Fitzwilliam Darcy, Rock Star by Heather Lynn Rigaud
My rating: 2 of 5 stars
I...Well...Hrm. Where to start?
The last time I attempted to read Pride and Prejudice, I think I was a preteen. And I didn't like it. To be fair, Louisa May Alcott and Shakespeare aside, I don't like most of the books that were published before the 1980s. So I know the general outline of the story, but I'm shaky on the characters and their personalities. Therefore, I can't accurately judge Rock Star's take on the original source material. I can only judge it on its own merits.
I have never really understood the phrase "purple prose" before, since critics seem to apply it wholesale to the romance genre, but it seems to fit this book quite nicely. I had been under the impression that this was marketed for young adults, so the first graphic sex scene surprised me. I read it with a raised eyebrow and then proceeded to skip the rest of them because they were, well, purple. It was the kind of writing that romance bigots hold up to 'prove' the romance genre is derivative and putting a pretty label on soft porn.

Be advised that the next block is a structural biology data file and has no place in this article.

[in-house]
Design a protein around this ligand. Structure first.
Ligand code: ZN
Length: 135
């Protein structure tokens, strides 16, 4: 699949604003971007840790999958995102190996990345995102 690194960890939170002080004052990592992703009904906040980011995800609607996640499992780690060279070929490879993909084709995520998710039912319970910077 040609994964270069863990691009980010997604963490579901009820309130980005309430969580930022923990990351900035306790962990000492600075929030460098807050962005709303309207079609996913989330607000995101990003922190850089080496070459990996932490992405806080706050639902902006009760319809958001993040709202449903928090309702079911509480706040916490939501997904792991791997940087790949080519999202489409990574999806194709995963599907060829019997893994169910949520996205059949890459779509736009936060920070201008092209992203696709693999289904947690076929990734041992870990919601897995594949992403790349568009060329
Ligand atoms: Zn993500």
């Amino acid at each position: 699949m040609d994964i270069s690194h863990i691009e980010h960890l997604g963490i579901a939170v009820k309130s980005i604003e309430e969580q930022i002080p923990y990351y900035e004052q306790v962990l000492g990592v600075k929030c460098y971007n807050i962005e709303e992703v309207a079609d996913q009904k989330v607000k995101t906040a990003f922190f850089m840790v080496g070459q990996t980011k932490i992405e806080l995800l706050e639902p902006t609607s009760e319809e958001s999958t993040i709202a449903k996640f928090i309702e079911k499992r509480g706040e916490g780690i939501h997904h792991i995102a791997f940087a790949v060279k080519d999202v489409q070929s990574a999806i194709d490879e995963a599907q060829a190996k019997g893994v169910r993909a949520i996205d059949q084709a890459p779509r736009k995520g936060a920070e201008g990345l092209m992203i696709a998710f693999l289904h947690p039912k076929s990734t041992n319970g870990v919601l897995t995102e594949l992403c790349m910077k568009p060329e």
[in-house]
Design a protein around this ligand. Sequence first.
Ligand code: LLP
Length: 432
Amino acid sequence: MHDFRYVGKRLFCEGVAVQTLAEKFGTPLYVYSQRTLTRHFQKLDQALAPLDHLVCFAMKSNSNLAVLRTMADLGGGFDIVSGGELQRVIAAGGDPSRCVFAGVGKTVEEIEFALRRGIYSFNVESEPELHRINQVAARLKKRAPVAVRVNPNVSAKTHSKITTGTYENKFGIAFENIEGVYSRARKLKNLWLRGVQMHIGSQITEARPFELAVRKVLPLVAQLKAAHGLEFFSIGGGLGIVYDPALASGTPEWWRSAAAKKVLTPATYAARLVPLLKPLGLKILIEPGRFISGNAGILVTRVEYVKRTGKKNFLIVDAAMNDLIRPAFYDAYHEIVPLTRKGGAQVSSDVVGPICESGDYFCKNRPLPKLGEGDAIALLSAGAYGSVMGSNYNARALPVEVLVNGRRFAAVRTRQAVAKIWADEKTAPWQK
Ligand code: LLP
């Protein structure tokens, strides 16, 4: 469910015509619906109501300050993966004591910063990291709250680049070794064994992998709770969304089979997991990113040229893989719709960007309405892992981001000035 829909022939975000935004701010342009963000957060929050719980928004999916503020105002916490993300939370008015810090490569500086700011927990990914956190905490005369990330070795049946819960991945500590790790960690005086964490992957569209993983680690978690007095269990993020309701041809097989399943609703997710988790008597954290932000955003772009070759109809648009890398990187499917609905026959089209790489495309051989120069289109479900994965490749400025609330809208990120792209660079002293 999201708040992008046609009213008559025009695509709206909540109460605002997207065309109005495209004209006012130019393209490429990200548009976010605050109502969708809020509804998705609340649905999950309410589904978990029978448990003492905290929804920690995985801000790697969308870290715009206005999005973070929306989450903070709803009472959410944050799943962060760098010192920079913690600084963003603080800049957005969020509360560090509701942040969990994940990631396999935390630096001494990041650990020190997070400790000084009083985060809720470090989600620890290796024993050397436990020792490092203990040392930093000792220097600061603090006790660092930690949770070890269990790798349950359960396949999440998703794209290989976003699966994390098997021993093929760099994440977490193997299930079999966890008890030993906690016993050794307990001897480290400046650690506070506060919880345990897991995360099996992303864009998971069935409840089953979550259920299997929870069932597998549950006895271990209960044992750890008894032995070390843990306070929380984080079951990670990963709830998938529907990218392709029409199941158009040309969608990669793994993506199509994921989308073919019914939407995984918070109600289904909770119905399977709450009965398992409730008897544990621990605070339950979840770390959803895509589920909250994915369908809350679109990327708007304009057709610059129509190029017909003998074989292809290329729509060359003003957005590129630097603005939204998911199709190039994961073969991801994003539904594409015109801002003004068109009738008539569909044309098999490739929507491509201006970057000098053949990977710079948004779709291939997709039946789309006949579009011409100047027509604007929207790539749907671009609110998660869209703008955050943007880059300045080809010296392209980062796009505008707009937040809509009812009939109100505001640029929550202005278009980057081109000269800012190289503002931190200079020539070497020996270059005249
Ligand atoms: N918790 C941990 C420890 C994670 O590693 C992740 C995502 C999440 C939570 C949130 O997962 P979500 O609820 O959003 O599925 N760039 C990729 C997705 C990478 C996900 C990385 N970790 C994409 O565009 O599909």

As for the rest of the book, I felt like I was reading fanfiction, an AU where Lizzy and Darcy are modern day rock stars. The book shines the most at moments when Rigaud isn't trying to shoehorn Austen's into the text. When Will acts like Will and not Darcy, when Lizzy curses because she's running late, when the bands are on stage, those parts are enjoyable reads. The best characters for me were Richard and Char because I don't really know the characters they were based on and they were wonderfully flawed. I could believe they were real, I could believe they occupied this world Rigaud had created. Richard is a sex and alcohol addict who takes responsibility for himself and strives to get better one day at a time. He makes a very conscious decision to be with Char and the reader can easily see why she wants to be with him. Char wasn't without flaws of her own and she reminded me of a woman I actually know. A quick spin through Wikipedia tells me that Colonel Fitzwilliam and Charlotte Lucas, the Austen characters, are relatively minor in Pride and Prejudice, so I'm guessing Rigaud felt free to put her own stamp on them.
Rigaud should have done herself a favor and used Pride and Prejudice as a jumping off point rather than a strict framework. The concept sounded incredibly interesting and I'm disappointed with what I got. In the future, I hope Rigaud, a modern day stay-at-home New Yorker mom, will choose to develop her own voice instead of trying to copy one that belonged to a British spinster who lived during the regency romance era.